From mange and fleas to roundworm and heartworm, there are dozens of parasites that your pet is at risk of acquiring. Most pet owners are aware that depending on the parasite, it can be a serious problem. In the Ottawa region, we have plenty of mosquitoes and ticks, making diseases like heartworm and lyme a danger to the dogs in our communities. Read below on some of the parasites we commonly find in and on our pets.
Often, we can visualize external parasites on our dogsif we look closely enough. However parasites such as mites and even some cases of flea infections can be almost impossible to visualize. Diagnosis often requires skin scrapings to look under the skin and in some cases medication trials. There are also several options for treatment that will prevent infection of each of these parasites. In Ottawa, we are primarily concerned with ticks and fleas.
Ticks – We see several types of ticks, especially in Dunrobin, including the American Dog tick and Deer tick. In addition, there is an emergence of new ticks in Ontario which have made their way to Ottawa including the Lone Star tick. The primary concern is not so much the actual tick bite, but instead the transmission of tick-borne bacteria – Lyme, Anaplasma, and Ehrlichia. Each bacteria behaves differently and signs that your pet is infected varies but pets often present with fever, lethargy, inappetance, and lameness. Because infection is so common in our area, we screen pets annually with a blood test that determines exposure to those bacteria as well as heartworm. Treatment for tick-borne diseases is available and can work eliminate the pathogens from our pets, but prevention with anti-parasitics is more reliable and effective. If you are noticing ticks around your home and community, speak with our staff on starting prevention for your pet. If a tick has bitten your dog, the screening test will detect exposure to the pathogen 30 days after the initial bite.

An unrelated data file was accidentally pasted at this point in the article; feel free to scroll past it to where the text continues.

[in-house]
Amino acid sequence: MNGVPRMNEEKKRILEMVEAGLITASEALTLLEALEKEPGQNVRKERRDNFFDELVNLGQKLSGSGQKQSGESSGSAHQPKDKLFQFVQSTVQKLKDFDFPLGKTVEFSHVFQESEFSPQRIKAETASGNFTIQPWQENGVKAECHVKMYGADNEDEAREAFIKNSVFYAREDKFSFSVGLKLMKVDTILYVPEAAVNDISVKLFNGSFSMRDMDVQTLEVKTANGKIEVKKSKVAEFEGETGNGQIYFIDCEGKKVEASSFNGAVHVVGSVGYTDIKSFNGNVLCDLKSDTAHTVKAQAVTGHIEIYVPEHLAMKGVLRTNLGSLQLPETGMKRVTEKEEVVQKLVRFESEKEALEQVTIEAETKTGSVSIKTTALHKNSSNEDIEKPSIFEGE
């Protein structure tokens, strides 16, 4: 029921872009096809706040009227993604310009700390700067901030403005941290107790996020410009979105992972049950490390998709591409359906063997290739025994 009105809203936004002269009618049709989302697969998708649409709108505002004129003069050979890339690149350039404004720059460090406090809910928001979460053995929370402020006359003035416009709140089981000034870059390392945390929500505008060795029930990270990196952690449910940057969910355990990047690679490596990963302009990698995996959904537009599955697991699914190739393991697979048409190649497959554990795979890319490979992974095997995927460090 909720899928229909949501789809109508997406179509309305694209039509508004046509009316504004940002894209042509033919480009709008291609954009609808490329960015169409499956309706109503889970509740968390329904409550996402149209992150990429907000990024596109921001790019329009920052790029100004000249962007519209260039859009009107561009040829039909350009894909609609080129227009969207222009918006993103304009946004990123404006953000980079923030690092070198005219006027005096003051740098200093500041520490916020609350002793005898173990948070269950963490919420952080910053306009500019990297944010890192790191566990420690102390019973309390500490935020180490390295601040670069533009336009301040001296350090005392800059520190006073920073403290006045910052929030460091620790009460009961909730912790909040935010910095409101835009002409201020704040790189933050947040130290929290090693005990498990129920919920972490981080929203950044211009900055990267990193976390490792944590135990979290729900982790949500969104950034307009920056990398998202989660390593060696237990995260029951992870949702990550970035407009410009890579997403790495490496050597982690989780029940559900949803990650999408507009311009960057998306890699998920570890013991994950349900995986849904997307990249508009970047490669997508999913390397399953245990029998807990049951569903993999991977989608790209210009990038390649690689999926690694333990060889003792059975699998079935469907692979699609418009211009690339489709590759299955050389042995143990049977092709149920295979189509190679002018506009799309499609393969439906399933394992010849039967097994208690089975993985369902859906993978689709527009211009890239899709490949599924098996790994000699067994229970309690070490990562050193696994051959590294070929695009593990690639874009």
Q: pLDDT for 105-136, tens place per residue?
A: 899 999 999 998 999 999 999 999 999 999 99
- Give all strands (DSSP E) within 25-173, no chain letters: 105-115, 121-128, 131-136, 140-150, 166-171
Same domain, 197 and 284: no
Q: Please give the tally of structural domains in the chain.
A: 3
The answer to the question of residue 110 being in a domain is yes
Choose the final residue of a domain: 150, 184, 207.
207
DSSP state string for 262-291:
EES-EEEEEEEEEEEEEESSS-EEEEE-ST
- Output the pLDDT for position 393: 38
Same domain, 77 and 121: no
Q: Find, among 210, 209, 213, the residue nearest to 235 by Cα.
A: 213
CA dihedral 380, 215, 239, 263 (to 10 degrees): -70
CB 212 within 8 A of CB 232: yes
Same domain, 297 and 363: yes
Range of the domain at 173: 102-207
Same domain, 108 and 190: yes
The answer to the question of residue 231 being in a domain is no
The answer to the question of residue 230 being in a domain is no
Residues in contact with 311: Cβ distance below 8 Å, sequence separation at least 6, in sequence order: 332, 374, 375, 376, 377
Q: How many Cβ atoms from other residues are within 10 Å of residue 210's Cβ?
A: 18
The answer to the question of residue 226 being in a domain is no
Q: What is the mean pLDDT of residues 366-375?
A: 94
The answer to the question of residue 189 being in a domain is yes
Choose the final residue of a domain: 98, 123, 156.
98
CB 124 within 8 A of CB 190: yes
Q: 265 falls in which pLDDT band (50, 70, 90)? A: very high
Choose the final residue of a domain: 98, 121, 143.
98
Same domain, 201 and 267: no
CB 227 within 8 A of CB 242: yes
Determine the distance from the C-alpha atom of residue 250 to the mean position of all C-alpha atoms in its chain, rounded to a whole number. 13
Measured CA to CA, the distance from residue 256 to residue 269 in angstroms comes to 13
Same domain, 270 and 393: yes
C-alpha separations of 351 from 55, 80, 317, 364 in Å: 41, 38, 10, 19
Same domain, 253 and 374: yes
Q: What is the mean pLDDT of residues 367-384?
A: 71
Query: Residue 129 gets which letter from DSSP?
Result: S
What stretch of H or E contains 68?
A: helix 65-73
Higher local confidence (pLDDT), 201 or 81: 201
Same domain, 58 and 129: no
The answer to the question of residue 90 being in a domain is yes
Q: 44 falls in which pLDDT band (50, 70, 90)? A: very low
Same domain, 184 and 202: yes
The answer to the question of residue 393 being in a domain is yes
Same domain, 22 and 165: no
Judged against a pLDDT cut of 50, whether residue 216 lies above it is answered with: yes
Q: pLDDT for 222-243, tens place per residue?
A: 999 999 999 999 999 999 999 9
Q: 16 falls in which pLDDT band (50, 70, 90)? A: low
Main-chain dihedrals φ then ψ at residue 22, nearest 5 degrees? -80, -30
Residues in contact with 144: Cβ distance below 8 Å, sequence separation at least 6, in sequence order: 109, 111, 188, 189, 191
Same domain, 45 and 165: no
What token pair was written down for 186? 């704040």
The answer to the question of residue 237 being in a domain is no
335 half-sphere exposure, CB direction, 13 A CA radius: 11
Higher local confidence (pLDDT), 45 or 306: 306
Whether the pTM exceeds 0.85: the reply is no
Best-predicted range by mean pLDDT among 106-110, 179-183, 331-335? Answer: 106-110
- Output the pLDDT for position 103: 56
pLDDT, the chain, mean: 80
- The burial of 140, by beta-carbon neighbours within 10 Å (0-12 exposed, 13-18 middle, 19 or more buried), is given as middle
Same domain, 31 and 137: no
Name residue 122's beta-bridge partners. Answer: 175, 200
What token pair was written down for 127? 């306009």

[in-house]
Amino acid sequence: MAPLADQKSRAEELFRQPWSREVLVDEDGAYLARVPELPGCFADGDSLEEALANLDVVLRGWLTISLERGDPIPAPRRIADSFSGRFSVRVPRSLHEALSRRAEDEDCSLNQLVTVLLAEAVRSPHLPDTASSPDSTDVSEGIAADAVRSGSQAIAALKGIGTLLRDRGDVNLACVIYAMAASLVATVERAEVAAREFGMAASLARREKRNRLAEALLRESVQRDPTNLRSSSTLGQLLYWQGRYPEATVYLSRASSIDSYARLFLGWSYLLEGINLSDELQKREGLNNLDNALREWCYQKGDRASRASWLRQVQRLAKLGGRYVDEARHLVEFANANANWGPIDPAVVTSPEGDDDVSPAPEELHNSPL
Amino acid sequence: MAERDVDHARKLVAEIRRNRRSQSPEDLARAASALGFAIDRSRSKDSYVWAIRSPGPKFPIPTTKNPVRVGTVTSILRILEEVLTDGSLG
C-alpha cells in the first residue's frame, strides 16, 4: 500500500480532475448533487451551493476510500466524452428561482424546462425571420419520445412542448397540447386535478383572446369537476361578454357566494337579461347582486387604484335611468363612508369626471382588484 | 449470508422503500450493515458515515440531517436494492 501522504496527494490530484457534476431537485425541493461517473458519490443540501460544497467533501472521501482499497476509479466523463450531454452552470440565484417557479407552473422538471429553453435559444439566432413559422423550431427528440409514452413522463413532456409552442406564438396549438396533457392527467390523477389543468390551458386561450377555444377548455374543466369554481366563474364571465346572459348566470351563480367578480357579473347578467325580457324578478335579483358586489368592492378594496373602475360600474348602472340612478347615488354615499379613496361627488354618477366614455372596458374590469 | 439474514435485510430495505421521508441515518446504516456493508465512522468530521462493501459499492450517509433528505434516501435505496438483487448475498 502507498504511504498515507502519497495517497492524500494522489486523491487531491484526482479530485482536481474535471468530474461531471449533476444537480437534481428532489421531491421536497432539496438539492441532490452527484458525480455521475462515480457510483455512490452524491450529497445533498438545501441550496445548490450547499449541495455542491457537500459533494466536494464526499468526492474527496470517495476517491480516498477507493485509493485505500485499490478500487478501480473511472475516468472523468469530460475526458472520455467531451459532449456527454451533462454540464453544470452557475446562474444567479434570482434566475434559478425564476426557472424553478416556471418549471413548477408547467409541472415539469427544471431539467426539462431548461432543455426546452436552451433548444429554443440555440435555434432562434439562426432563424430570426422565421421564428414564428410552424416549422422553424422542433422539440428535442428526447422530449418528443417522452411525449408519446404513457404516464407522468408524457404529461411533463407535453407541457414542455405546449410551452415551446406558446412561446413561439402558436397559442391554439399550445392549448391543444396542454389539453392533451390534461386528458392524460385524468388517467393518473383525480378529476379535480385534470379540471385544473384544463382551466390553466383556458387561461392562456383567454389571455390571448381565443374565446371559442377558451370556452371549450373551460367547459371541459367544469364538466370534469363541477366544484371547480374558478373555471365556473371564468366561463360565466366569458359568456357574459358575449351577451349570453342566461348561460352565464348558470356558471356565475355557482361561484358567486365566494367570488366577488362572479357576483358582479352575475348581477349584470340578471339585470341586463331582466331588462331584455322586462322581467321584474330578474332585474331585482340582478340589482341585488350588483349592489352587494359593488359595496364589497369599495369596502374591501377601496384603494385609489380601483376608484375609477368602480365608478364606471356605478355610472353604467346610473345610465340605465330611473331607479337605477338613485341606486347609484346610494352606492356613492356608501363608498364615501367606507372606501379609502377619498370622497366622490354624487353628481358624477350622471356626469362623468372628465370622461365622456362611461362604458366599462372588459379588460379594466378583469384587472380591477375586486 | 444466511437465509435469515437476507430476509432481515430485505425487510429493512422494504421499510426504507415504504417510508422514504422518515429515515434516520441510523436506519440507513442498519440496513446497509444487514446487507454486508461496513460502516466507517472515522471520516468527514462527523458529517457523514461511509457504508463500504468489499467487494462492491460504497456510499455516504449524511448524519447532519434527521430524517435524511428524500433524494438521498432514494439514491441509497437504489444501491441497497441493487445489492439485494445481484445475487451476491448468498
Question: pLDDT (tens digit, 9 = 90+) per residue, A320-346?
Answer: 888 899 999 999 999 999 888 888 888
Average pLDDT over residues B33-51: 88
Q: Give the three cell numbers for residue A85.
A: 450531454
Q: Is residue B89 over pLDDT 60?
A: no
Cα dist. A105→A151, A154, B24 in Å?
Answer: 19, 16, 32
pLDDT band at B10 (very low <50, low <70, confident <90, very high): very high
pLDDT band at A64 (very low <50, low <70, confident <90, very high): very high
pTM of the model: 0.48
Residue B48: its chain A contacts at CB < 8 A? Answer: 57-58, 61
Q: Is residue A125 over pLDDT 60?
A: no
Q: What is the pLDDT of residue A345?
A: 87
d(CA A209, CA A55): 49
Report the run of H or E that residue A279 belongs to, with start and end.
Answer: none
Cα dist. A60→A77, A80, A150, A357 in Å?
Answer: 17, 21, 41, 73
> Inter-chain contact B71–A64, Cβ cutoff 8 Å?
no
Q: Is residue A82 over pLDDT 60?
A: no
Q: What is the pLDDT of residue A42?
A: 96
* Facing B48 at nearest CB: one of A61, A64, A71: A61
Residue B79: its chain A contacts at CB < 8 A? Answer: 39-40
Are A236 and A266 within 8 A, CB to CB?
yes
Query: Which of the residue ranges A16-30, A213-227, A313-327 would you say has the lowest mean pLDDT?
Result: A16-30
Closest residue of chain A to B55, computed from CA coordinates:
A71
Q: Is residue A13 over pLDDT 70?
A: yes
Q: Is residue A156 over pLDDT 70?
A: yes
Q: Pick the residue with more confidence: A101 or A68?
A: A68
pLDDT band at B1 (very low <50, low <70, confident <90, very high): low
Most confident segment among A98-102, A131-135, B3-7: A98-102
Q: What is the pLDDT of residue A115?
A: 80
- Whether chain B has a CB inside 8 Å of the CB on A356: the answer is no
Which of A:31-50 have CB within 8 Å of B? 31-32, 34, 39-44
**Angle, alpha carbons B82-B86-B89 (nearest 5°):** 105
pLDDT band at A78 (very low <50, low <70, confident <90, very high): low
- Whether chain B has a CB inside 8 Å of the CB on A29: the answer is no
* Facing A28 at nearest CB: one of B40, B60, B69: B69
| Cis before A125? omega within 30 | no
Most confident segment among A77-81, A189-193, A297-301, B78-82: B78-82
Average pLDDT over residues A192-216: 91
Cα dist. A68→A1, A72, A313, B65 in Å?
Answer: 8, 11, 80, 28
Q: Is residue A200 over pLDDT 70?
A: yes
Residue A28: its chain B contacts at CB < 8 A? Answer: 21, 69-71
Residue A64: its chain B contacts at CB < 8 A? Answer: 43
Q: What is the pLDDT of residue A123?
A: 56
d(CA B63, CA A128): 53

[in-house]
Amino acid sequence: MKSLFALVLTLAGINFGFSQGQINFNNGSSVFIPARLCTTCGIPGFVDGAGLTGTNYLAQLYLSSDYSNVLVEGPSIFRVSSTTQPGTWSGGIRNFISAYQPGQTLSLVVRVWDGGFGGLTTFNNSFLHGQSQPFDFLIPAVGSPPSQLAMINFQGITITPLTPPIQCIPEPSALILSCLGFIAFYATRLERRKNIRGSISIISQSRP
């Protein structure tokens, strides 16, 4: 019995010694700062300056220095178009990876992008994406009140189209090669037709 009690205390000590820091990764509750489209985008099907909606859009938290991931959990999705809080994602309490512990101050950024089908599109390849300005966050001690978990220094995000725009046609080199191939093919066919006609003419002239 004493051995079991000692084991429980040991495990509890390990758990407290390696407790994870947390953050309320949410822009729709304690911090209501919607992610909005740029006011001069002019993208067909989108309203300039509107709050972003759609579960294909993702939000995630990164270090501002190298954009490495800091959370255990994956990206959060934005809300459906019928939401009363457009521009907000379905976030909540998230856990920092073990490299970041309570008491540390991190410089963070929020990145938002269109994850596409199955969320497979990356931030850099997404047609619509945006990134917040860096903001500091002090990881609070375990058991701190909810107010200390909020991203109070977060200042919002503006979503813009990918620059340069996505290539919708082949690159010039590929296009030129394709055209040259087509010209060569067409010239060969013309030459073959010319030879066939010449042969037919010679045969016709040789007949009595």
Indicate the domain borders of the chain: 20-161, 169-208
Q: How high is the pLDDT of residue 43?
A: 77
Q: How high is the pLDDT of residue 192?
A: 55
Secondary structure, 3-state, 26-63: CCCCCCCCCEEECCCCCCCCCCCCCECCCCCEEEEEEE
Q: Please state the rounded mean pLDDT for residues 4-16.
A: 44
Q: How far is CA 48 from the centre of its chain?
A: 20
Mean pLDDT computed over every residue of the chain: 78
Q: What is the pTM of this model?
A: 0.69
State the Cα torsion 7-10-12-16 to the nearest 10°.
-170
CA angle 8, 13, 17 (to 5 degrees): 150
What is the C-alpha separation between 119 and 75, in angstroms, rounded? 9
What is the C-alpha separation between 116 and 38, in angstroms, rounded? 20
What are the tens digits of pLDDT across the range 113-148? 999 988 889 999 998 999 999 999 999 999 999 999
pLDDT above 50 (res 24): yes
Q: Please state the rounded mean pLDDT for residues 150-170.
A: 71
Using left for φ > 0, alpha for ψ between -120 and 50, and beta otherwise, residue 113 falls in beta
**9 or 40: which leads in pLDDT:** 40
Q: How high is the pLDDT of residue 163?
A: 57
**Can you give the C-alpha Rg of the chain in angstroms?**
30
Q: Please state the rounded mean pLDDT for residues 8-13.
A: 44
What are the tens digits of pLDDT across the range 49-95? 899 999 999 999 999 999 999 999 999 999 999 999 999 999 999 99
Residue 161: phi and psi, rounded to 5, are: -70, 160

Fleas – These parasites are often dropped off by infected wildlife and can quickly infect entire homes. Flea bites can cause allergic reaction in our pets leading to intense itchiness. Furthermore, fleas are the intermediate host in one type of tapeworm infection. These parasiteswill rudely bite humans too. Treating tick infestations is easily done with veterinary-approved medications, where often 1-2 treatments can treat infestations.
Mites – There are many different types of mites that can infect our dogs. Ear mites, Sarcoptic mites (causing Scabies or “Mange”), Demodex mites and so on. Some of these infections cause extreme itchiness and secondary infections. In addition, some are transmissible to humans.
There are several intestinal worms that we worry about infecting our pets- roundworms, hookworms, whipworms and these intestinal parasites can affect growth and development in our puppies, cause decreased health in adult dogs, and can also be a dangerous zoonotic risk if passed on to humans (especially children). Most infections can be picked up through routine fecal analysis looking for worm eggs. Treatment of intestinal worms often involves multiple treatments of medication spaced several weeks apart in order to ensure all adult worms are removed from the intestines.